The Man Behind Spacetime. Then, in the beginning of the 20th century, Albert Einstein (1879-1955) developed two Theories of Relativity which corrected Newton's tiny errors. The cost, however, in our understanding of the universe was huge, far out of proportion to the small errors that were fixed. Everything scientists believed about space and time from Newton had to be thrown out. His neat, straight-line, perfect-time picture of the universe was totally wrong. Einstein showed that time passed at different rates for people traveling relative to each other, and he also showed that gravity did not even exist: instead, stars and galaxies distorted space itself by their mass, which caused the behavior we thought of as gravity. And he famously discovered that mass and energy are the same thing, related by the simple equation E=mc2. After Einstein, everything was in upheaval. What caused scientists to discover this new revolutionary view of the universe? They insisted that their theories make completely error-free predictions as Scientific Method demands.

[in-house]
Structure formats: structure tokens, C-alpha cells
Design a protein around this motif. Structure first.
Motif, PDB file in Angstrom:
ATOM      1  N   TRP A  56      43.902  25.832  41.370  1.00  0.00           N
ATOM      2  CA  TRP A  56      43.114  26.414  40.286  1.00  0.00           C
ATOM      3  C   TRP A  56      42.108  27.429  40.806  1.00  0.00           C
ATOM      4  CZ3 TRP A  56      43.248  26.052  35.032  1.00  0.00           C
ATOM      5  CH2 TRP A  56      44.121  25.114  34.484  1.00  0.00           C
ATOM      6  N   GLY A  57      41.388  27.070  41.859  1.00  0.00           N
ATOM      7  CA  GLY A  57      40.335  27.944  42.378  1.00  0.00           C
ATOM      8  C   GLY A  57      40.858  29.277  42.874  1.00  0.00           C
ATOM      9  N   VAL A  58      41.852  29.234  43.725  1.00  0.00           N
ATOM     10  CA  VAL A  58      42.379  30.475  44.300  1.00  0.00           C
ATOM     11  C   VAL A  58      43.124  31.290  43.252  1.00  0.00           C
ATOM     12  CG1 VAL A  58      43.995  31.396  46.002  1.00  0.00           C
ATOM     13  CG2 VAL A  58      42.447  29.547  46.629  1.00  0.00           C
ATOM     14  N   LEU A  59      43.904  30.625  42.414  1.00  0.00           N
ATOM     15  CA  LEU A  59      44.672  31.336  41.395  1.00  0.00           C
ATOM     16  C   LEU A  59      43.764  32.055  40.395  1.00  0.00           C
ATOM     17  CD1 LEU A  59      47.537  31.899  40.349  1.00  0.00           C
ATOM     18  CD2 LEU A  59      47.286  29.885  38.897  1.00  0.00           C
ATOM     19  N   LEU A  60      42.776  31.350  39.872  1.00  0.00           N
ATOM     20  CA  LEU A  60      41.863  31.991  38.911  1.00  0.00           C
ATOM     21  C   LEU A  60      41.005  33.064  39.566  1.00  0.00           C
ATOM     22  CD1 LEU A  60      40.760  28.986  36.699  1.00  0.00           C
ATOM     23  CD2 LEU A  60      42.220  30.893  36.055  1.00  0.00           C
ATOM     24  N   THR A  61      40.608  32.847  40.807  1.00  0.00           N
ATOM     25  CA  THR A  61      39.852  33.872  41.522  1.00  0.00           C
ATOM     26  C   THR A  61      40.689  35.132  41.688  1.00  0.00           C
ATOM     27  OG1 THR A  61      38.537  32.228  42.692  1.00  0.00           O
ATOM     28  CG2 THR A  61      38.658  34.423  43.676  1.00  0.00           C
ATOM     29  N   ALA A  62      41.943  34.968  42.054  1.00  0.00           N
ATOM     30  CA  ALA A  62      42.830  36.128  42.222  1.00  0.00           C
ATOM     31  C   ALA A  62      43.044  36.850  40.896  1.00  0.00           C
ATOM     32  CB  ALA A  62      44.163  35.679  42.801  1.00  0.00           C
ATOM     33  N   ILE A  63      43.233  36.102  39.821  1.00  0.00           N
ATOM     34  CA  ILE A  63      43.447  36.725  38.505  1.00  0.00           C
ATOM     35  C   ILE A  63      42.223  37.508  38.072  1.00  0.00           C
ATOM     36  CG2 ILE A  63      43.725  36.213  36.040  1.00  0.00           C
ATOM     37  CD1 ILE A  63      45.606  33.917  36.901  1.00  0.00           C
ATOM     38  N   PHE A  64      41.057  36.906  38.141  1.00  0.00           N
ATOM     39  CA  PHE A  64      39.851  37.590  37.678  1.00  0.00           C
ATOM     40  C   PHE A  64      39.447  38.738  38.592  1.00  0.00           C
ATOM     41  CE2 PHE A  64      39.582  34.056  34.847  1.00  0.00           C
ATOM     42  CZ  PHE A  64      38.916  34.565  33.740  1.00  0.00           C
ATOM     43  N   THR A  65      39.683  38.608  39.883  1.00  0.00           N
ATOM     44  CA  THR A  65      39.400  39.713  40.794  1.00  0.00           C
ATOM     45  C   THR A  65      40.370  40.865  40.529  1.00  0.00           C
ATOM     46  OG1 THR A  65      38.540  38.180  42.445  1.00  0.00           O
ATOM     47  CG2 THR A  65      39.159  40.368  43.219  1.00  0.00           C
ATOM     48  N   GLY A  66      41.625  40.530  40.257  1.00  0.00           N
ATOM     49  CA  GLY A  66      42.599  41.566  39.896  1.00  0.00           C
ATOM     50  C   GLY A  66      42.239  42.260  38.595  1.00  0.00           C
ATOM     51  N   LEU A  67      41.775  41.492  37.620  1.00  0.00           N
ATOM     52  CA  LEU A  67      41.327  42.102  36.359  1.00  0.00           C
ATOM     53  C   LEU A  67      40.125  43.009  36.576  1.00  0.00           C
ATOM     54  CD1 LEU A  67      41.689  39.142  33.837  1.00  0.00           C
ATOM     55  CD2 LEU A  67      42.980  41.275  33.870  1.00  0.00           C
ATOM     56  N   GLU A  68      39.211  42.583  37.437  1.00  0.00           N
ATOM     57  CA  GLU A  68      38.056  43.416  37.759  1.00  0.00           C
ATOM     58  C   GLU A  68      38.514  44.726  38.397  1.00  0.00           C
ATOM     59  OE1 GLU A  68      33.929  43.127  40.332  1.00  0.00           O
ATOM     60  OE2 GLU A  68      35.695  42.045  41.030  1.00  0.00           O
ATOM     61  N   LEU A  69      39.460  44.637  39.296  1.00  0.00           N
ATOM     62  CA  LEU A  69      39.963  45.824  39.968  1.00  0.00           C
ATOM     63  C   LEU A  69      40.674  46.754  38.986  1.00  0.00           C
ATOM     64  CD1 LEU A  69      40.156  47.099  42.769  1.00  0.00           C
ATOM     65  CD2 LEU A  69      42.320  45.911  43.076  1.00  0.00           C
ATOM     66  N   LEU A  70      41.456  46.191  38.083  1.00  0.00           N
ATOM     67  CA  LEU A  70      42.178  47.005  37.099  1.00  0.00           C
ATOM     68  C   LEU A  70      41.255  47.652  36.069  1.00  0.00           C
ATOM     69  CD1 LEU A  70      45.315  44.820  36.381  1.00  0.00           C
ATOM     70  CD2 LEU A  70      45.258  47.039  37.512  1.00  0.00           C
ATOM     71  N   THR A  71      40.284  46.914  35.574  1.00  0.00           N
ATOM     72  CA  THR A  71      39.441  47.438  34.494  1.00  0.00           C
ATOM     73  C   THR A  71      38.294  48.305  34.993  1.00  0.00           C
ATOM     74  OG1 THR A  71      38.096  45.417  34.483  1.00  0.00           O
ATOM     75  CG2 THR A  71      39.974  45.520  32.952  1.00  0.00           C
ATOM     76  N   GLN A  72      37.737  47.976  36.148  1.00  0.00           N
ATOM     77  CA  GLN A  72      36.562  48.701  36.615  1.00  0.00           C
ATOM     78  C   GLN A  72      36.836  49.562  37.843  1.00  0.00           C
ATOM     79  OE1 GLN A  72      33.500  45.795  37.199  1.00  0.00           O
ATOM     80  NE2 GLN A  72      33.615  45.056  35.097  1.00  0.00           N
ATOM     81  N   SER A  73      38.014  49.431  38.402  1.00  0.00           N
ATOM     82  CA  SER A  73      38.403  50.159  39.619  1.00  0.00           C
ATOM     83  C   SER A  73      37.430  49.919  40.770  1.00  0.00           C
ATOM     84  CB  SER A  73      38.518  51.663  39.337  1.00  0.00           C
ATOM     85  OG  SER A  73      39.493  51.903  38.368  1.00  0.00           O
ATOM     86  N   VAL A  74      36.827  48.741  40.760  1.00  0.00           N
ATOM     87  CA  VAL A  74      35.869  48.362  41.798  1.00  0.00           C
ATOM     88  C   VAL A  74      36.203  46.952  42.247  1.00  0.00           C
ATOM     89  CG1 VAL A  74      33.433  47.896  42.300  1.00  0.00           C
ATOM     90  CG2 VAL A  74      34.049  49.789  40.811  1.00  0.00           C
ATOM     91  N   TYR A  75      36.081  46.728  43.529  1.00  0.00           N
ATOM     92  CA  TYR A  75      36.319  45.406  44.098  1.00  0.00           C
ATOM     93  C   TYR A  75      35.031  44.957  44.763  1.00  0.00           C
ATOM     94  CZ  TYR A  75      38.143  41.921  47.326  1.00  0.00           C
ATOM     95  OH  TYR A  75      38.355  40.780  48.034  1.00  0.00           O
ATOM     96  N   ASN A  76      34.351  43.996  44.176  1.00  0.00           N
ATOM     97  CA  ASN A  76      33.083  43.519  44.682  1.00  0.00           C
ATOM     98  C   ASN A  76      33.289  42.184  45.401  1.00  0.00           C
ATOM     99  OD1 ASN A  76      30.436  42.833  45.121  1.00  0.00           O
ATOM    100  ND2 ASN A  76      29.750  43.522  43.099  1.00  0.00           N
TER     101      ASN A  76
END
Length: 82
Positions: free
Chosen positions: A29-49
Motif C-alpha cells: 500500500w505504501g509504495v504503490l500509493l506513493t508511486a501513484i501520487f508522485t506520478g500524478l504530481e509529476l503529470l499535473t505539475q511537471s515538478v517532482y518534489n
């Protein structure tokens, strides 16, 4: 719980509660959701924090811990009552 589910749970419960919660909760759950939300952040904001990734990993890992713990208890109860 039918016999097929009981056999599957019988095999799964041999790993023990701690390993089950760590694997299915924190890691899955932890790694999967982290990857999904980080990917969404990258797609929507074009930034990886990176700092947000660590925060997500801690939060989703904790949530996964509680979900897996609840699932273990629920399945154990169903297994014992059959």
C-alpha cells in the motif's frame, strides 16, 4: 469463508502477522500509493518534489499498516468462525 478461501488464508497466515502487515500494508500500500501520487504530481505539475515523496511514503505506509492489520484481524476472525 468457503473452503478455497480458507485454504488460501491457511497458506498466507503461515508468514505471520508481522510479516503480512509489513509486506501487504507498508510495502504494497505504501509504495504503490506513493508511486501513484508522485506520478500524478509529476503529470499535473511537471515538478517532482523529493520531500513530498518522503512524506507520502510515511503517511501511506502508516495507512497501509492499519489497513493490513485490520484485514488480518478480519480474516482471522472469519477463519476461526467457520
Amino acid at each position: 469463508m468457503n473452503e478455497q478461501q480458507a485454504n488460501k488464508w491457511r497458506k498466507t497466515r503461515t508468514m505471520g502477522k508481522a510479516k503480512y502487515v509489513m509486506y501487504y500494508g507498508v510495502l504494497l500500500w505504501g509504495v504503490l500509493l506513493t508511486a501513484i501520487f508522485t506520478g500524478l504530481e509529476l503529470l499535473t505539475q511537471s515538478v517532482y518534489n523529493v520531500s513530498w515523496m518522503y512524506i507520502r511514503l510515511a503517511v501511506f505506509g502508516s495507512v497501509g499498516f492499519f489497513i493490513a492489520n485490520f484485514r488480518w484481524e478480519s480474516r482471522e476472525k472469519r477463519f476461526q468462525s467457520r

The Universe is Expanding! Edwin Hubble (1889-1953), while not the first discoverer of the fact that the universe was expanding, showed that it was expanding in a way that would make Newton proud: linearly with time and distance as the red dashed line in his data[1] at right show. (It's important to note that the horizontal axis of Hubble's plot is not time but distance. See the animation above for an idea of expansion over time.) Although Einstein's General Theory of Relativity allowed for such an expansion, Hubble's work put this theory to the test and found it actually happening. Scientific Method requires that theories be falsifiable, that is, testable.